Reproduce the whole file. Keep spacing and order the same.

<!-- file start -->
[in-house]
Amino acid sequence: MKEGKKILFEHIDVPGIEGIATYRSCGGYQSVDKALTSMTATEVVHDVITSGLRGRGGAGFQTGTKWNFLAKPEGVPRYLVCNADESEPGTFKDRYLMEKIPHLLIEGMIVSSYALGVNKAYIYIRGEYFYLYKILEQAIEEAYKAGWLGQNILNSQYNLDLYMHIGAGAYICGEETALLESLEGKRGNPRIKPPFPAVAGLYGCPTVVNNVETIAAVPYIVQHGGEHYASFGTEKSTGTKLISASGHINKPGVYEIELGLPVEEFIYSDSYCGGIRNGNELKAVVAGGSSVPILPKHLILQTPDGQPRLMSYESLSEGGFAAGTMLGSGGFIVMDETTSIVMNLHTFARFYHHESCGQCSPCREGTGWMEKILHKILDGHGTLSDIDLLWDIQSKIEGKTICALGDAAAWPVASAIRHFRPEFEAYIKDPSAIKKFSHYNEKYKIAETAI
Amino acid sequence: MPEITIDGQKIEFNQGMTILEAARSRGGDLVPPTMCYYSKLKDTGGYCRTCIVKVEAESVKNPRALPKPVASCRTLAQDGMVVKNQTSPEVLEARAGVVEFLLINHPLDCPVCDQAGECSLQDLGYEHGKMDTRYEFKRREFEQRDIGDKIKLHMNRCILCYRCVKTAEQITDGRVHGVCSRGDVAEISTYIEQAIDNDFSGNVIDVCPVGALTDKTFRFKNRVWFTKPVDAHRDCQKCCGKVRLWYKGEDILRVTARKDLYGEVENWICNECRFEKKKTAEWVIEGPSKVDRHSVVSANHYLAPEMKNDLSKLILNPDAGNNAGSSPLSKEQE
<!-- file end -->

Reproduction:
[in-house]
Amino acid sequence: MKEGKKILFEHIDVPGIEGIATYRSCGGYQSVDKALTSMTATEVVHDVITSGLRGRGGAGFQTGTKWNFLAKPEGVPRYLVCNADESEPGTFKDRYLMEKIPHLLIEGMIVSSYALGVNKAYIYIRGEYFYLYKILEQAIEEAYKAGWLGQNILNSQYNLDLYMHIGAGAYICGEETALLESLEGKRGNPRIKPPFPAVAGLYGCPTVVNNVETIAAVPYIVQHGGEHYASFGTEKSTGTKLISASGHINKPGVYEIELGLPVEEFIYSDSYCGGIRNGNELKAVVAGGSSVPILPKHLILQTPDGQPRLMSYESLSEGGFAAGTMLGSGGFIVMDETTSIVMNLHTFARFYHHESCGQCSPCREGTGWMEKILHKILDGHGTLSDIDLLWDIQSKIEGKTICALGDAAAWPVASAIRHFRPEFEAYIKDPSAIKKFSHYNEKYKIAETAI
Amino acid sequence: MPEITIDGQKIEFNQGMTILEAARSRGGDLVPPTMCYYSKLKDTGGYCRTCIVKVEAESVKNPRALPKPVASCRTLAQDGMVVKNQTSPEVLEARAGVVEFLLINHPLDCPVCDQAGECSLQDLGYEHGKMDTRYEFKRREFEQRDIGDKIKLHMNRCILCYRCVKTAEQITDGRVHGVCSRGDVAEISTYIEQAIDNDFSGNVIDVCPVGALTDKTFRFKNRVWFTKPVDAHRDCQKCCGKVRLWYKGEDILRVTARKDLYGEVENWICNECRFEKKKTAEWVIEGPSKVDRHSVVSANHYLAPEMKNDLSKLILNPDAGNNAGSSPLSKEQE